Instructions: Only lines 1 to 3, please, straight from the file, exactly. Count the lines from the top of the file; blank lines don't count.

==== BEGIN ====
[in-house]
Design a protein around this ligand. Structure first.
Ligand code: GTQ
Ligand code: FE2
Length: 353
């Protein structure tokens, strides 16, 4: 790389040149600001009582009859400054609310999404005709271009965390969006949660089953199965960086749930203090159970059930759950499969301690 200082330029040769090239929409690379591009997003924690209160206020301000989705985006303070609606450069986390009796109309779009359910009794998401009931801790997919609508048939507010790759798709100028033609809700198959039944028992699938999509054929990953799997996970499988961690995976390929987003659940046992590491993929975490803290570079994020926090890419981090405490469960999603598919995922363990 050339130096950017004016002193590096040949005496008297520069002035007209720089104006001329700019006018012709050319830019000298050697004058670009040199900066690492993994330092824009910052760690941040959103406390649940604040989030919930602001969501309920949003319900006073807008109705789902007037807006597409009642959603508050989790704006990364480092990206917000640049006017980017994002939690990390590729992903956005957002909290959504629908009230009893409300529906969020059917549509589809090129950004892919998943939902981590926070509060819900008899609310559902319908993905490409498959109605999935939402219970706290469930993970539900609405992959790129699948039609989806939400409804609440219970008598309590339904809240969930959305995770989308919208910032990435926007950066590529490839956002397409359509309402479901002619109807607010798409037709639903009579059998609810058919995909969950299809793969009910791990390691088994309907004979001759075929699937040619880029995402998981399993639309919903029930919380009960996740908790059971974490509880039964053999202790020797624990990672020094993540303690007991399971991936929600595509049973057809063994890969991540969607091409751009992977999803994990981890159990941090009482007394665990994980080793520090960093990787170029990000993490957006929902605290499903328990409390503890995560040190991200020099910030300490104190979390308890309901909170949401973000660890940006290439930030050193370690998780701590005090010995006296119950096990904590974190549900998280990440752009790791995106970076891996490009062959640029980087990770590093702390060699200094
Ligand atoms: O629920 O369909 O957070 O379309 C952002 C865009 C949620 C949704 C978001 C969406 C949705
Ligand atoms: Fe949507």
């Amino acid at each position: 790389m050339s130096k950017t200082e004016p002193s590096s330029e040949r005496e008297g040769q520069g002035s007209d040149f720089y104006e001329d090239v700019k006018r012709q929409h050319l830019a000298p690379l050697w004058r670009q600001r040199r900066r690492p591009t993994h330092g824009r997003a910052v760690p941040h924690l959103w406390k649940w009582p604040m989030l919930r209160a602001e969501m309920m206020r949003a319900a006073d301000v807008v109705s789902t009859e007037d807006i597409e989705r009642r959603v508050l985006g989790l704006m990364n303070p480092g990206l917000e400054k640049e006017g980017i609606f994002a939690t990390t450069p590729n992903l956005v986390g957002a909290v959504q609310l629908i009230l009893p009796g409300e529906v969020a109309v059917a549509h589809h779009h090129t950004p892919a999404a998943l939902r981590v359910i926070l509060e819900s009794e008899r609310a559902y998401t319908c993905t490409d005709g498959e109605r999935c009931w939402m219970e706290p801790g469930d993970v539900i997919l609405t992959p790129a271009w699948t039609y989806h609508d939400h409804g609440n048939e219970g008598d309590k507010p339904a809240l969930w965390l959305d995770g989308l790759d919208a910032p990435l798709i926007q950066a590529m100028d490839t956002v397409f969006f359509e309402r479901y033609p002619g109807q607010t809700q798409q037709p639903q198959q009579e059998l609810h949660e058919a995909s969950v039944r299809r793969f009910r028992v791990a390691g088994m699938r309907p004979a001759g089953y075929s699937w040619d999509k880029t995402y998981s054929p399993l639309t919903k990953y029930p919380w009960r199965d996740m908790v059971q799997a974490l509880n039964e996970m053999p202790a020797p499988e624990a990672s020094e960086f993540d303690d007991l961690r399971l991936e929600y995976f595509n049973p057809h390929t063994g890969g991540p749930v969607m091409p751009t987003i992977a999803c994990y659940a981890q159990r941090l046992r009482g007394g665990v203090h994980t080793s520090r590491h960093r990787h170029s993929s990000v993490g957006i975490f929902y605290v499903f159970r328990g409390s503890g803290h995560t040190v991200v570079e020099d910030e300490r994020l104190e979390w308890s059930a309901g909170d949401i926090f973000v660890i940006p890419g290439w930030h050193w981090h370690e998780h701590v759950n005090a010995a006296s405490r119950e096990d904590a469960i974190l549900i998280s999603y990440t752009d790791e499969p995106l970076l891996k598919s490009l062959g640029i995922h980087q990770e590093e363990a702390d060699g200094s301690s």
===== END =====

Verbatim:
[in-house]
Design a protein around this ligand. Structure first.
Ligand code: GTQ